Considering Oculus raised $2.4 million from their Kickstarter campaign, which was close to 10 times the amount they originally needed, this $16 million should do some wonderful things for the company.
Yahoo have quite a number of government requests for data over the last six months, beating Apple, Microsoft and Facebook - a surprising statistic. Yahoo CEO Marissa Mayer and Generan Counsel Ron Bell noted on Tumblr that Yahoo have received between 12,000 and 13,000 requests, "inclusive of criminal, Foreign Intelligence Surveillance Act (FISA), and other requests" between December 1, 2012 and May 31, 2013.
According to the Yahoo CEO and Bell, most of the requests relate to "fraud, homicides, kidnappings, and other criminal investigations." Yahoo aren't stating just how many FISA requests are in that figure due to their classified nature, but they "strongly urge(s) the federal government to reconsider its stance on this issue."
Music streaming and subscription service Spotify have just added something that should appeal to a huge fan base, the complete works of Pink Floyd. Spotify is the first service to have all of Pink Floyd's works, which is a great position to be in.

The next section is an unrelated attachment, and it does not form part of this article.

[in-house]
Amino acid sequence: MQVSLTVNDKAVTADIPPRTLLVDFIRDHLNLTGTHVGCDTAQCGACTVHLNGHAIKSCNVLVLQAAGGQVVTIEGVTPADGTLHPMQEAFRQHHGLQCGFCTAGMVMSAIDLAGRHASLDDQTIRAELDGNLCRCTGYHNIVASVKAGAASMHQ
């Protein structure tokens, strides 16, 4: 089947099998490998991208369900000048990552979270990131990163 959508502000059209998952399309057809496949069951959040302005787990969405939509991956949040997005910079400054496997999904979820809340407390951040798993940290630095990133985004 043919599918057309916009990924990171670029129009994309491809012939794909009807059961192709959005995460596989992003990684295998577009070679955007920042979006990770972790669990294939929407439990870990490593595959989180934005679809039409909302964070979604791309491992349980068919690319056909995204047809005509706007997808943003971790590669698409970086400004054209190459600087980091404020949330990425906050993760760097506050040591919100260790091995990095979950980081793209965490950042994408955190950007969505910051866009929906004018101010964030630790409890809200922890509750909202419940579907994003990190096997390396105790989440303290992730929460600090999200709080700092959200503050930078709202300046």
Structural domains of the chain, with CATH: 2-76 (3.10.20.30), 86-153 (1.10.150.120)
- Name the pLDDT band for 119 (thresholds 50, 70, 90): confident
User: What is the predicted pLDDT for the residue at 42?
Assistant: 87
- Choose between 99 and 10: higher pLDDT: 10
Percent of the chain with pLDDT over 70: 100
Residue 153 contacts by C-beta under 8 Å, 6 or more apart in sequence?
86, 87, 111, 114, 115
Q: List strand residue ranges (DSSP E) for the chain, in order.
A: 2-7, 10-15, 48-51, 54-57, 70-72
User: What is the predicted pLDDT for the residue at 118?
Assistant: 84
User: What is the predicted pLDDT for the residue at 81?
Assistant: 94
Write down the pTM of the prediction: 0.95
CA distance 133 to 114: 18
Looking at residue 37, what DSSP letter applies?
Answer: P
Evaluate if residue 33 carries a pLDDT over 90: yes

Google Play Music All Access have some of the band's works, but not the complete set. The 'unlocking' of the content came after Spotify asked their listeners to stream classis track "Wish You Were Here" to show their interest in Pink Floyd, where they racked up a huge one million listens just this weekend alone. All of Pink Floyd's music comes for free using the desktop Spotify app, or the web app if that's how you roll.
Premium customers can download every single track, and have it all ready to go on their smart devices, which is just another way of enjoying Spotify's goodness.